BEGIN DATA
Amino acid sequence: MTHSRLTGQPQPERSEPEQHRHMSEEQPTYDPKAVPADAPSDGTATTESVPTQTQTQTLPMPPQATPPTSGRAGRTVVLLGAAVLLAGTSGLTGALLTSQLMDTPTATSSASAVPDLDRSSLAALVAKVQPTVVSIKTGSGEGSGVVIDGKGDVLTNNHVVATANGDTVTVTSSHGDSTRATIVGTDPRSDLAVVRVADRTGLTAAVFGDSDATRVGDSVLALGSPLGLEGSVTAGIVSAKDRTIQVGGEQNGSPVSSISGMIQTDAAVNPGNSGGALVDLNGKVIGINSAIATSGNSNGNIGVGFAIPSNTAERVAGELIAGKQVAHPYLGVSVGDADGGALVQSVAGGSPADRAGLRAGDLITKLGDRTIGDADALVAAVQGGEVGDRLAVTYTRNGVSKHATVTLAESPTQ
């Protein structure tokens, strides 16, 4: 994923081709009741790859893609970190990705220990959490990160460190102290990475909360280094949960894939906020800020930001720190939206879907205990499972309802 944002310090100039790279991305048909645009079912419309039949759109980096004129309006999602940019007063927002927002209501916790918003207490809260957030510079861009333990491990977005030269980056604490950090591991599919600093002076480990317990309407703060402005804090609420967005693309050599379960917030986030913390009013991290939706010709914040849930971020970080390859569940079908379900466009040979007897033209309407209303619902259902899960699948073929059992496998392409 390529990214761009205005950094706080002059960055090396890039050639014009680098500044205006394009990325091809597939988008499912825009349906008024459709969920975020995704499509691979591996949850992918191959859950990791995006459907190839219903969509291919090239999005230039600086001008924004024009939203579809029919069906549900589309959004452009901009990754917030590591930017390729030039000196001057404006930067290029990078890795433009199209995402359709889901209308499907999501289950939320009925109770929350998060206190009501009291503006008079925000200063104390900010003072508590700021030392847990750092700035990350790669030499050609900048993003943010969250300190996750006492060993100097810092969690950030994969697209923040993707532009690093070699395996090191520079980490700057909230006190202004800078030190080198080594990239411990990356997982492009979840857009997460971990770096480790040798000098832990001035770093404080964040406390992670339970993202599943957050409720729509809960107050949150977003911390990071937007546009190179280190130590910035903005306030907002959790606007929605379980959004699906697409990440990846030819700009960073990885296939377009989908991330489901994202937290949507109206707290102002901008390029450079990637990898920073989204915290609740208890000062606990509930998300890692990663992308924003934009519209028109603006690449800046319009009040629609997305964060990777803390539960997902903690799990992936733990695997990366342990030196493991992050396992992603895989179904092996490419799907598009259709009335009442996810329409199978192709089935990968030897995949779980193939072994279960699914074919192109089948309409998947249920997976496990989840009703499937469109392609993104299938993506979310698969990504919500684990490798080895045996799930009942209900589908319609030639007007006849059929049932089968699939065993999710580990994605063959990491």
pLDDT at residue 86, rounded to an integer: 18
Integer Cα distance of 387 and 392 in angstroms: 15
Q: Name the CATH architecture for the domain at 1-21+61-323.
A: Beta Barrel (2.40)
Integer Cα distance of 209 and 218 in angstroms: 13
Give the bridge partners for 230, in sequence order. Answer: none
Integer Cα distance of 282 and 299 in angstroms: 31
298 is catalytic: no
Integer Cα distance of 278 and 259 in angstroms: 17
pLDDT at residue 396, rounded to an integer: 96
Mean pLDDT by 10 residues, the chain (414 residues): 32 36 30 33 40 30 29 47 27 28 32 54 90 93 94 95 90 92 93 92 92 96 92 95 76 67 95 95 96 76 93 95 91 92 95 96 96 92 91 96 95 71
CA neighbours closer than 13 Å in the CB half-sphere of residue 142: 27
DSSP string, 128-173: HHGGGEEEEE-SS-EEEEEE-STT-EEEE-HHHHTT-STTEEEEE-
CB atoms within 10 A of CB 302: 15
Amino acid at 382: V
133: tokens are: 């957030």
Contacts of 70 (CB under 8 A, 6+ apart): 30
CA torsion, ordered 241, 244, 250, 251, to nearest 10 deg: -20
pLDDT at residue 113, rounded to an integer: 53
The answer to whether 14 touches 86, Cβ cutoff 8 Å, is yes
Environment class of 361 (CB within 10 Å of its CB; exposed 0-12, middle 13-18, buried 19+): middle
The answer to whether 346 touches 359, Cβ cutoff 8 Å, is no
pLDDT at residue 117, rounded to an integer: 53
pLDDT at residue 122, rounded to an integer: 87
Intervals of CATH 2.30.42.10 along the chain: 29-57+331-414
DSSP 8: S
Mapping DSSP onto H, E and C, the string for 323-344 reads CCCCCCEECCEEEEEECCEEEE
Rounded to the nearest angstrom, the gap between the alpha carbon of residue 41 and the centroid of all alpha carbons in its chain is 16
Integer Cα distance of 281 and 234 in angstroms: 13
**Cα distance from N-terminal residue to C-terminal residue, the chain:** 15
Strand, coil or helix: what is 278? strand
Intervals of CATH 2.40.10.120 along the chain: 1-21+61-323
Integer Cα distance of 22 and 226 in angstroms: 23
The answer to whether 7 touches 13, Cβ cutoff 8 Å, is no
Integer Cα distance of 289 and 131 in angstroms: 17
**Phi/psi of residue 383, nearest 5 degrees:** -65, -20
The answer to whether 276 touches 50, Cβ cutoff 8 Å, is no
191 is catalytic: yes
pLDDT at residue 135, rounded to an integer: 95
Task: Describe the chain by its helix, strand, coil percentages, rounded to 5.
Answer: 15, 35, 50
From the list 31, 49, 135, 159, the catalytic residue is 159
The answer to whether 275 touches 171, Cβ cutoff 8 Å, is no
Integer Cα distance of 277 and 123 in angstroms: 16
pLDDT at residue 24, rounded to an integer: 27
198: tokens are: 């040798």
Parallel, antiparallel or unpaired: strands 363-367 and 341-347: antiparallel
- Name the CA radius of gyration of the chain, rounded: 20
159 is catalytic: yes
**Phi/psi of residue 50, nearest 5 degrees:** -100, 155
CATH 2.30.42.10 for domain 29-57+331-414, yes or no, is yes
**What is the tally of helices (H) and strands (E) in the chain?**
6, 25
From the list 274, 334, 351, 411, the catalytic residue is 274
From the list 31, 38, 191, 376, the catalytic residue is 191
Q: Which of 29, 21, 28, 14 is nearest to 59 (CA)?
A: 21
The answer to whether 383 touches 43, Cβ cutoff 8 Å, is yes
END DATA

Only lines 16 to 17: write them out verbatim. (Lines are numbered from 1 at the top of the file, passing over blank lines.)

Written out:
CB atoms within 10 A of CB 302: 15
Amino acid at 382: V